World View–British Scientists: Chemical Weapons Used in Syria

This morning's key headlines from
  • British scientists say that chemical weapons were used in Syria
  • Tensions rise in Greece over German war reparations
  • Tea-leaf-readers say that North Korea is backing down

British scientists say that chemical weapons were used in Syria

British military scientists have found forensic evidence that chemical weapons were used in the conflict in Syria. Analysis of a soil sample smuggled out of Syria proved a chemical weapon has been used, although the analysis could not determine whether the weapon was fired by Syrian government forces or rebels. VOA and Jerusalem Post

Tensions rise in Greece over German war reparations

A German man was arrested in Athens, Greece, on Friday for allegedly trying to smuggle nearly half a ton of gold and silver, as well as 300,000 euros cash, out of Greece, and take it all back to Germany. The suspect was preparing to board a Lufthansa flight for Germany. 

The timing of this incident is sensitive, because it comes as some Greek officials are claiming that Germany owes Greece some billions of euros in World War II war reparations. The reparations are for personal injury and infrastructure damage during the war, as well as repayment for loans that Greece was forced to make to the Nazis in 1942-44. 

Germany's Finance Minister Wolfgang Schaeuble is rejecting the Greek claims: "I deem that such statements are irresponsible. Instead of misleading the people in Greece it would be better to show them the road to reform... The issue was settled a long time ago. Paying reparations is out of the question."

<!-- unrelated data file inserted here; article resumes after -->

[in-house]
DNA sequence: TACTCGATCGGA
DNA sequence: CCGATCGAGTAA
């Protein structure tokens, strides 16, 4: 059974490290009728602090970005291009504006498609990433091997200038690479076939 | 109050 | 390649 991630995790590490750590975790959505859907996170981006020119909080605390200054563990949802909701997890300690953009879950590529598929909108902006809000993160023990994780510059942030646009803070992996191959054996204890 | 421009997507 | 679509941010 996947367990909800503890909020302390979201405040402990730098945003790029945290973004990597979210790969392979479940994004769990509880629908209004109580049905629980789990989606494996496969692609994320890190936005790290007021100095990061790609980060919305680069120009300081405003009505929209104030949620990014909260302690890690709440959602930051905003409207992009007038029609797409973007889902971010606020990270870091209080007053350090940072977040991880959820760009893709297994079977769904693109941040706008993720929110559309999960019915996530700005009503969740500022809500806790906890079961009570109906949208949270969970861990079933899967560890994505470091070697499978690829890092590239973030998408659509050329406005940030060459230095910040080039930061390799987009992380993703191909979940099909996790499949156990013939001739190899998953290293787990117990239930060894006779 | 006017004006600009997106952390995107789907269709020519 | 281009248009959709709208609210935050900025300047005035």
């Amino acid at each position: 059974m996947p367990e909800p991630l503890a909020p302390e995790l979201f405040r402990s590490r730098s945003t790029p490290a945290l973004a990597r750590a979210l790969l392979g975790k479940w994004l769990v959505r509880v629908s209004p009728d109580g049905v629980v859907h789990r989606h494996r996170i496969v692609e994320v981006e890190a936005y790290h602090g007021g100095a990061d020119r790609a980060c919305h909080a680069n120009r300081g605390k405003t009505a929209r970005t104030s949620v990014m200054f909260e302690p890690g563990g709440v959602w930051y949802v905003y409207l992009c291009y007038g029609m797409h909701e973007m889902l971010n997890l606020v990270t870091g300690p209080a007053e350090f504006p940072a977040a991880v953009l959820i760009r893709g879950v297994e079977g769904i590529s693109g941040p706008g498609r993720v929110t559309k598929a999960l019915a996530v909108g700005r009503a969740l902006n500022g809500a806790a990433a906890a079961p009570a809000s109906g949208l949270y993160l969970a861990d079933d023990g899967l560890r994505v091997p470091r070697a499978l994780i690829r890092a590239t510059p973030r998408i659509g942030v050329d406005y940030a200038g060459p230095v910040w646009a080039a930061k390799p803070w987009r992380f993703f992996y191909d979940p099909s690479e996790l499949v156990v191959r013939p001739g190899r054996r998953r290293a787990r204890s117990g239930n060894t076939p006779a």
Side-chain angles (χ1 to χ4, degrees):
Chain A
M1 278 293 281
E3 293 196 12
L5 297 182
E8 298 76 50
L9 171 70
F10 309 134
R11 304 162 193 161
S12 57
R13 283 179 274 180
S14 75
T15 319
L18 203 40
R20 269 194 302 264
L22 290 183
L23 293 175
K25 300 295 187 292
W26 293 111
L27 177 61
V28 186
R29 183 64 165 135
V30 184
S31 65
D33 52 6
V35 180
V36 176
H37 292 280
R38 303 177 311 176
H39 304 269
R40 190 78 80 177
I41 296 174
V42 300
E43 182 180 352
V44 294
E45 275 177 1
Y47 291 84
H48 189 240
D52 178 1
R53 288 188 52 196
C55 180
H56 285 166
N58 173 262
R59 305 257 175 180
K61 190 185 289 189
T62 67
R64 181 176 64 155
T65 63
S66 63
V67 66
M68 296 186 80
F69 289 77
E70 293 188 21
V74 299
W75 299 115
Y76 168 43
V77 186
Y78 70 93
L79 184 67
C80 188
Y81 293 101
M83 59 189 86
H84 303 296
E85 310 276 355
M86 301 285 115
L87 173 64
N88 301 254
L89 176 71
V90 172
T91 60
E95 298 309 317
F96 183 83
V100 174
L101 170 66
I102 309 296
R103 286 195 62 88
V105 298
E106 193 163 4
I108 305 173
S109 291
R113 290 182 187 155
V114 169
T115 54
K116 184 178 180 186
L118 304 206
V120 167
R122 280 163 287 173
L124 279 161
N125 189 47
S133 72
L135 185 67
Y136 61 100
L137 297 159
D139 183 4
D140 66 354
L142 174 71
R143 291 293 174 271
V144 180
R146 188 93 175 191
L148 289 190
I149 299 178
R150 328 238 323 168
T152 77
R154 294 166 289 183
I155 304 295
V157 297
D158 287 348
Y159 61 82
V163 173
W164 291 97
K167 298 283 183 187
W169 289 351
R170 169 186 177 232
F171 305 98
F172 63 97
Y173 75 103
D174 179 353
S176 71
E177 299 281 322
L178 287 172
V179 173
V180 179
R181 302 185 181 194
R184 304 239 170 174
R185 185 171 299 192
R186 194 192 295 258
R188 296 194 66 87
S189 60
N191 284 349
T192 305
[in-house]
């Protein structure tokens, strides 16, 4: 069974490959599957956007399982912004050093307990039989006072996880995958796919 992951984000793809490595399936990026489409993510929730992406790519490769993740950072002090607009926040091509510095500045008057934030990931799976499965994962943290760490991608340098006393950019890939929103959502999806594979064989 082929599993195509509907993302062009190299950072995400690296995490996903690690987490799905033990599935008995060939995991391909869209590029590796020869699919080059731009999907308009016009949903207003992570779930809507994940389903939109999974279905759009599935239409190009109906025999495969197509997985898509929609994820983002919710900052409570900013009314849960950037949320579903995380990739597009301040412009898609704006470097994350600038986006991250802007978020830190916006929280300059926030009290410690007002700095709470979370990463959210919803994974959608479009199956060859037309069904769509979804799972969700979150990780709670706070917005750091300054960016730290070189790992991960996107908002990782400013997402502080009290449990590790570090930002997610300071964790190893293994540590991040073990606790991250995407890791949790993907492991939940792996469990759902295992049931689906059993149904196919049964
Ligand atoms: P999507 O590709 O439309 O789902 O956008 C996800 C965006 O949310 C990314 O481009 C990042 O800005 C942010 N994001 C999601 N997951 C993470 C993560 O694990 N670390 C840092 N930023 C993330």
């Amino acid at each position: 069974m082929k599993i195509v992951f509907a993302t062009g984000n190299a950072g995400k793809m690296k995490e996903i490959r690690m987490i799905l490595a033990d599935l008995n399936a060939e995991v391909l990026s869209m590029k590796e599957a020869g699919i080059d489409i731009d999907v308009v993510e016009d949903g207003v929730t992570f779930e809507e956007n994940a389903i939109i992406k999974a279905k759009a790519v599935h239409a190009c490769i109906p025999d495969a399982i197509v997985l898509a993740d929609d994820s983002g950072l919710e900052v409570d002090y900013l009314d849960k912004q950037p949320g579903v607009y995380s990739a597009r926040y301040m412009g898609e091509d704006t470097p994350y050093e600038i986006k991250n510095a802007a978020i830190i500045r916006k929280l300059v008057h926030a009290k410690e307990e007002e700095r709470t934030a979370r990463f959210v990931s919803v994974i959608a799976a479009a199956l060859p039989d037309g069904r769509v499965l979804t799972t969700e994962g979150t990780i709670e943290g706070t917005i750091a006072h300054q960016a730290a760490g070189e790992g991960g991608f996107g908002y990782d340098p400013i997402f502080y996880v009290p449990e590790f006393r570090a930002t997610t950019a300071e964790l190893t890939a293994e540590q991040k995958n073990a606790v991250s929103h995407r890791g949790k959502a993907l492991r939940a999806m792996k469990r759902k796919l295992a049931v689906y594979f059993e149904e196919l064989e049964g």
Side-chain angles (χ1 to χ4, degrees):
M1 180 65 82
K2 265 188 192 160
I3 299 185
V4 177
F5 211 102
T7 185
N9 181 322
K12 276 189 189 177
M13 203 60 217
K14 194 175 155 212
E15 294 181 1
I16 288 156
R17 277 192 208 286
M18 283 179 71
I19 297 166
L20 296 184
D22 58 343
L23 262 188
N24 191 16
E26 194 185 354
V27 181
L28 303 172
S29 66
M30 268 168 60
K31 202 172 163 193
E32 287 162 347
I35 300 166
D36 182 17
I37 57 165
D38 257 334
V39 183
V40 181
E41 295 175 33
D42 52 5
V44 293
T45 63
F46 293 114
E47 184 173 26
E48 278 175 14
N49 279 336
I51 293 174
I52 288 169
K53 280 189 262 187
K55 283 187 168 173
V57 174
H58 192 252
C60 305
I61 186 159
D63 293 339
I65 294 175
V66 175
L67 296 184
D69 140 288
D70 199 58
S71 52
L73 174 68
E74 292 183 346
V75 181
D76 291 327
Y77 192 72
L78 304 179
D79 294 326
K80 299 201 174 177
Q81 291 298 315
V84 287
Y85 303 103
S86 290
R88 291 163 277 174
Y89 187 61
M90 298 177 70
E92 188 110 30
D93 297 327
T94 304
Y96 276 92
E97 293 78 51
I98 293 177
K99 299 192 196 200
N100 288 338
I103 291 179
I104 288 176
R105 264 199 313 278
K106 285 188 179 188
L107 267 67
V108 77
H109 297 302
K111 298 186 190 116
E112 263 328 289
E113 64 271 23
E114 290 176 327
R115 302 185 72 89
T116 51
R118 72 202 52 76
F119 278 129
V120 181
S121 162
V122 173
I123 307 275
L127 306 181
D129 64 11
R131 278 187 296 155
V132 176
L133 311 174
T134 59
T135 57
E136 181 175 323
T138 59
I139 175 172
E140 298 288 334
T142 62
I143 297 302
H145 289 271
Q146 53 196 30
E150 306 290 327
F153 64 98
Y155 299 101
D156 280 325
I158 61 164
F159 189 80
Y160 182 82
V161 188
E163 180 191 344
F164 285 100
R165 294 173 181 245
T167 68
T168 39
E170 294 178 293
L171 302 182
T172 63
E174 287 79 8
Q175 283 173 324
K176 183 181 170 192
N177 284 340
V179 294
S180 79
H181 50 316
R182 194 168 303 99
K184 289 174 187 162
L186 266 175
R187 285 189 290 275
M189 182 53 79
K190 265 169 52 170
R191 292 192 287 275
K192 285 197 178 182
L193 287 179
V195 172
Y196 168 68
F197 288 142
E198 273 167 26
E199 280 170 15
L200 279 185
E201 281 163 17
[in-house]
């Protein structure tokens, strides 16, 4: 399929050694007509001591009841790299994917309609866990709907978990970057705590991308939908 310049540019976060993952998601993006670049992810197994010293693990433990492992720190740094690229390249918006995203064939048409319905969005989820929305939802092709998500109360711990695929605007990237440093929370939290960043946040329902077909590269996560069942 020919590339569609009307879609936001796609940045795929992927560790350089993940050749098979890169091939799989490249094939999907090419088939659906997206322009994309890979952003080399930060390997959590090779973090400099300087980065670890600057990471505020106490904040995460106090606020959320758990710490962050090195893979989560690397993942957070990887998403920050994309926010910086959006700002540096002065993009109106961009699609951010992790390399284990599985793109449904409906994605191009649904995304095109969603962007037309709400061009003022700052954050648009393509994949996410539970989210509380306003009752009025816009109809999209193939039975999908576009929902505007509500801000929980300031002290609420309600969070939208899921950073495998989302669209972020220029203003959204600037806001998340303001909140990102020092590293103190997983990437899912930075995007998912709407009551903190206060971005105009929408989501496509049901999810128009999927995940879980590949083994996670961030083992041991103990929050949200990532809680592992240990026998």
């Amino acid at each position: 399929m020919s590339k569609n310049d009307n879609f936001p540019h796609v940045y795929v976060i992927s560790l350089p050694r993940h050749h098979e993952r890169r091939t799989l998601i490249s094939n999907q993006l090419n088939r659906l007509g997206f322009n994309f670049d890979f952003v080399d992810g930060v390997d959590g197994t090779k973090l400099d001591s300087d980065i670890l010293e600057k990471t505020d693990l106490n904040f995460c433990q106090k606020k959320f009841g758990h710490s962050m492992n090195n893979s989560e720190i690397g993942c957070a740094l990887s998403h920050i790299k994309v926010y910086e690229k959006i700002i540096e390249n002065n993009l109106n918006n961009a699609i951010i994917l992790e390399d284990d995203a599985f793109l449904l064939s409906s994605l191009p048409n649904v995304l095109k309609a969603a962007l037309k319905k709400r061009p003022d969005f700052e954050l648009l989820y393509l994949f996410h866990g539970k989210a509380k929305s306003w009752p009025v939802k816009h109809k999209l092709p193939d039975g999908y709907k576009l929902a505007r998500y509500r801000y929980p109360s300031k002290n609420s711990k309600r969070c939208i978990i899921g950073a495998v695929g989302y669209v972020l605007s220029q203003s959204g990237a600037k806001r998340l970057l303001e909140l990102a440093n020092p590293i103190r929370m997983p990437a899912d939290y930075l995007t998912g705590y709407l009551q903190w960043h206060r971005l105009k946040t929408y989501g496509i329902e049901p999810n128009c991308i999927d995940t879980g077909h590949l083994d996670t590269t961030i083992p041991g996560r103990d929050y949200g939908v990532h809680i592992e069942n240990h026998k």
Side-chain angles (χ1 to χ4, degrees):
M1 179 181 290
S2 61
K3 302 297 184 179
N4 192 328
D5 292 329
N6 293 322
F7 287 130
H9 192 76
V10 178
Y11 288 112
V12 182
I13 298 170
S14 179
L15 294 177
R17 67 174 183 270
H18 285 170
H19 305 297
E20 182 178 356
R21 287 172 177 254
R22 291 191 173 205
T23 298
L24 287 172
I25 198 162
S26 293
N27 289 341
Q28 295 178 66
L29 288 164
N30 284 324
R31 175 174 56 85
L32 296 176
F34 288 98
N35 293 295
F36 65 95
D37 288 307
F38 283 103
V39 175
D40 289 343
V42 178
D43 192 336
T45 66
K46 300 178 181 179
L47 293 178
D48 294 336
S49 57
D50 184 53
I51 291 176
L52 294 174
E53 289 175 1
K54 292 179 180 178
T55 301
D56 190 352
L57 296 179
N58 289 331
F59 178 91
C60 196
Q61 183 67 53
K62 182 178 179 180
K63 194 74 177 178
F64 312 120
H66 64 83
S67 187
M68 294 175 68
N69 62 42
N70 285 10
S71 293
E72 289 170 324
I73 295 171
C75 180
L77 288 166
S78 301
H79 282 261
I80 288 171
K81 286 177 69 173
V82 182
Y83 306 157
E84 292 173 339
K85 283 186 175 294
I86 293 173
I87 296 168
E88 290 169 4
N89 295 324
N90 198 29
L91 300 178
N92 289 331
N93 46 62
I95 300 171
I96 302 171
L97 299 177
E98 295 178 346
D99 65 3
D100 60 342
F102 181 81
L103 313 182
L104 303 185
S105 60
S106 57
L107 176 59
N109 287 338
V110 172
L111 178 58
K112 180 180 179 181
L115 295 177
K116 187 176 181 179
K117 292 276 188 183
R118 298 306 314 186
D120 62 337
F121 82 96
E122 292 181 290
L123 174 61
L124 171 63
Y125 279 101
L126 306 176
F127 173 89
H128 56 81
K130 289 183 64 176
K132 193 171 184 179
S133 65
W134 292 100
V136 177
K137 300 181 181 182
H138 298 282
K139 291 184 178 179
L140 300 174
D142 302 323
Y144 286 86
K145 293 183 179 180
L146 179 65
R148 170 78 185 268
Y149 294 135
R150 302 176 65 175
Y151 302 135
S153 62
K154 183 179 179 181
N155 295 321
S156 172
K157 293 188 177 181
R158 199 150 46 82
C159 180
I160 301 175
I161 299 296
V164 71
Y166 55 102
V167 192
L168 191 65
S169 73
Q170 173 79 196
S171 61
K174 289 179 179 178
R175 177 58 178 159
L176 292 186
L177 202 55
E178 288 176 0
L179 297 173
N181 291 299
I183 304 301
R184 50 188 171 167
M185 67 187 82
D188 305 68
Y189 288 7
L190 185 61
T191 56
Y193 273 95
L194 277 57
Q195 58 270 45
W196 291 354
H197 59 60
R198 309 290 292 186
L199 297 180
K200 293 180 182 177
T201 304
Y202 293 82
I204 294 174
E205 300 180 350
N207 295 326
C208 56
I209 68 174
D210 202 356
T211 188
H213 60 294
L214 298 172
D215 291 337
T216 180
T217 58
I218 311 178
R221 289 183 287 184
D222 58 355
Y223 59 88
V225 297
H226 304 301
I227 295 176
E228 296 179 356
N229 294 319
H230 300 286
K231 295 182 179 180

Tension is rising over this issue as eurozone finance ministers are having an emergency meeting in Brussels to negotiate the terms of the next bailout payment for Greece, another 10 billion euro loan. The major disagreement is over the number of civil service employees that Greece will have to lay off to qualify for the payment. BBC and Kathimerini and Euronews

Tea-leaf-readers say that North Korea is backing down

Experts who read tea leaves to try to figure out what the North Koreans are going to do are pointing to a sign that might mean that North Korea's child dictator Kim Jong-un is backing down from the hysterical series of threats that he's used to fill the world news over the last few days. According to South Korean intelligence sources, the North Koreans have stopped moving their mobile missile launchers, and haven't moved them for two whole days. The tea leaf readers are taking this as a hopeful sign that the North Koreans are not planning a missile launch on Monday after all. Other experts are saying that it's only a matter of time before the North Koreans put a nuclear weapon on a missile and launch it. Yonhap (Seoul)

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